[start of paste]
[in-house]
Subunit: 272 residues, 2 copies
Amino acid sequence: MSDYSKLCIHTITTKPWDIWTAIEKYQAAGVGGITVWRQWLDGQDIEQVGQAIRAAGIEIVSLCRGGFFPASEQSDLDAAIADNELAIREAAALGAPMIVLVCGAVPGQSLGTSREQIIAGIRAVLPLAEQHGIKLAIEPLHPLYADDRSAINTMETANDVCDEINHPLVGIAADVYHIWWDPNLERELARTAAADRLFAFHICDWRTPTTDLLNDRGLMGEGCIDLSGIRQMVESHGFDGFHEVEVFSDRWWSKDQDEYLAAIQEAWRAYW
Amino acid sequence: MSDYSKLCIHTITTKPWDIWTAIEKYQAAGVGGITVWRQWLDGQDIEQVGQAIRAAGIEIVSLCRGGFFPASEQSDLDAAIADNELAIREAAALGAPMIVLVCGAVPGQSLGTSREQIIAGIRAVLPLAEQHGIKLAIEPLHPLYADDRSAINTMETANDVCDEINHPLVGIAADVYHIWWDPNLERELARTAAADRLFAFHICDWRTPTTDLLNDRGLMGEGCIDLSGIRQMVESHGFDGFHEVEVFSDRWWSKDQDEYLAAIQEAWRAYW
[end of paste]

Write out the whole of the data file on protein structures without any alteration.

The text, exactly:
[in-house]
Subunit: 272 residues, 2 copies
Amino acid sequence: MSDYSKLCIHTITTKPWDIWTAIEKYQAAGVGGITVWRQWLDGQDIEQVGQAIRAAGIEIVSLCRGGFFPASEQSDLDAAIADNELAIREAAALGAPMIVLVCGAVPGQSLGTSREQIIAGIRAVLPLAEQHGIKLAIEPLHPLYADDRSAINTMETANDVCDEINHPLVGIAADVYHIWWDPNLERELARTAAADRLFAFHICDWRTPTTDLLNDRGLMGEGCIDLSGIRQMVESHGFDGFHEVEVFSDRWWSKDQDEYLAAIQEAWRAYW
Amino acid sequence: MSDYSKLCIHTITTKPWDIWTAIEKYQAAGVGGITVWRQWLDGQDIEQVGQAIRAAGIEIVSLCRGGFFPASEQSDLDAAIADNELAIREAAALGAPMIVLVCGAVPGQSLGTSREQIIAGIRAVLPLAEQHGIKLAIEPLHPLYADDRSAINTMETANDVCDEINHPLVGIAADVYHIWWDPNLERELARTAAADRLFAFHICDWRTPTTDLLNDRGLMGEGCIDLSGIRQMVESHGFDGFHEVEVFSDRWWSKDQDEYLAAIQEAWRAYW